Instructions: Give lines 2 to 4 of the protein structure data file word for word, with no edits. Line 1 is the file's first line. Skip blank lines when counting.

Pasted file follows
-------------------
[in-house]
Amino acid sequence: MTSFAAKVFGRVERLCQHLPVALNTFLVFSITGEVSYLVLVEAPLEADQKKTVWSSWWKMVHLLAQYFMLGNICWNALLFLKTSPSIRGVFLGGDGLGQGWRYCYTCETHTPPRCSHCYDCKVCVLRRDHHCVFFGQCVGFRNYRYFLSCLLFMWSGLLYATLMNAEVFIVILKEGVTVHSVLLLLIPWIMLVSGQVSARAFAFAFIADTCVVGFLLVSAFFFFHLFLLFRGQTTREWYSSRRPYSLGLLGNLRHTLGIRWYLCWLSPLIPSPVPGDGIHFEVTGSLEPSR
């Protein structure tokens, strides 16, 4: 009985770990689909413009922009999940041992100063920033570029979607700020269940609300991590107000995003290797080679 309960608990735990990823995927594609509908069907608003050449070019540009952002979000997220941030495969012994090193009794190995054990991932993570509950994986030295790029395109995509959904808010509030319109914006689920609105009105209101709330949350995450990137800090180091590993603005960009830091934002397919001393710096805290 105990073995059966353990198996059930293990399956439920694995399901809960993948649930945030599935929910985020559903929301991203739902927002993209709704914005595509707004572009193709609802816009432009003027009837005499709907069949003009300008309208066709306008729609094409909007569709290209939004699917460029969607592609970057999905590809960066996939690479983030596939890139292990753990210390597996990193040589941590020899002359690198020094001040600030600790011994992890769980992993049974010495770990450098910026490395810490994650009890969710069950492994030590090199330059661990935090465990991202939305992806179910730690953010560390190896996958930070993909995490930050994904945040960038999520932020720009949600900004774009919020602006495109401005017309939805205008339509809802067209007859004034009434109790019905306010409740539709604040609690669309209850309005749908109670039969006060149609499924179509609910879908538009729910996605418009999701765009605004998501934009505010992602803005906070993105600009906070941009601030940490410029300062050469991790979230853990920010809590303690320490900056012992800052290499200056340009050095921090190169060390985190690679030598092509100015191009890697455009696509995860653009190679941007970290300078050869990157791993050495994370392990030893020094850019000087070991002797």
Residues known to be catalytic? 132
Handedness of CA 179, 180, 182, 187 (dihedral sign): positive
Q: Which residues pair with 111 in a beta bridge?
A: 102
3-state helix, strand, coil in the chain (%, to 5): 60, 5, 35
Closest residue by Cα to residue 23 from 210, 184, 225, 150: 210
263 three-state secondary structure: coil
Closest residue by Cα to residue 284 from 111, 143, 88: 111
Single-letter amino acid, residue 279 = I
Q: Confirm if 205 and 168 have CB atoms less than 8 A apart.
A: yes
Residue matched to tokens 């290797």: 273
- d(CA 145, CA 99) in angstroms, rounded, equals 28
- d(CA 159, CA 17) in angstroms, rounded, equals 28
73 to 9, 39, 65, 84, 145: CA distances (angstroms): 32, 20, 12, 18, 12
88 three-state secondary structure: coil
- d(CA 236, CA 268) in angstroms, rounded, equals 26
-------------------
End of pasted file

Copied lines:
Amino acid sequence: MTSFAAKVFGRVERLCQHLPVALNTFLVFSITGEVSYLVLVEAPLEADQKKTVWSSWWKMVHLLAQYFMLGNICWNALLFLKTSPSIRGVFLGGDGLGQGWRYCYTCETHTPPRCSHCYDCKVCVLRRDHHCVFFGQCVGFRNYRYFLSCLLFMWSGLLYATLMNAEVFIVILKEGVTVHSVLLLLIPWIMLVSGQVSARAFAFAFIADTCVVGFLLVSAFFFFHLFLLFRGQTTREWYSSRRPYSLGLLGNLRHTLGIRWYLCWLSPLIPSPVPGDGIHFEVTGSLEPSR
């Protein structure tokens, strides 16, 4: 009985770990689909413009922009999940041992100063920033570029979607700020269940609300991590107000995003290797080679 309960608990735990990823995927594609509908069907608003050449070019540009952002979000997220941030495969012994090193009794190995054990991932993570509950994986030295790029395109995509959904808010509030319109914006689920609105009105209101709330949350995450990137800090180091590993603005960009830091934002397919001393710096805290 105990073995059966353990198996059930293990399956439920694995399901809960993948649930945030599935929910985020559903929301991203739902927002993209709704914005595509707004572009193709609802816009432009003027009837005499709907069949003009300008309208066709306008729609094409909007569709290209939004699917460029969607592609970057999905590809960066996939690479983030596939890139292990753990210390597996990193040589941590020899002359690198020094001040600030600790011994992890769980992993049974010495770990450098910026490395810490994650009890969710069950492994030590090199330059661990935090465990991202939305992806179910730690953010560390190896996958930070993909995490930050994904945040960038999520932020720009949600900004774009919020602006495109401005017309939805205008339509809802067209007859004034009434109790019905306010409740539709604040609690669309209850309005749908109670039969006060149609499924179509609910879908538009729910996605418009999701765009605004998501934009505010992602803005906070993105600009906070941009601030940490410029300062050469991790979230853990920010809590303690320490900056012992800052290499200056340009050095921090190169060390985190690679030598092509100015191009890697455009696509995860653009190679941007970290300078050869990157791993050495994370392990030893020094850019000087070991002797």
Residues known to be catalytic? 132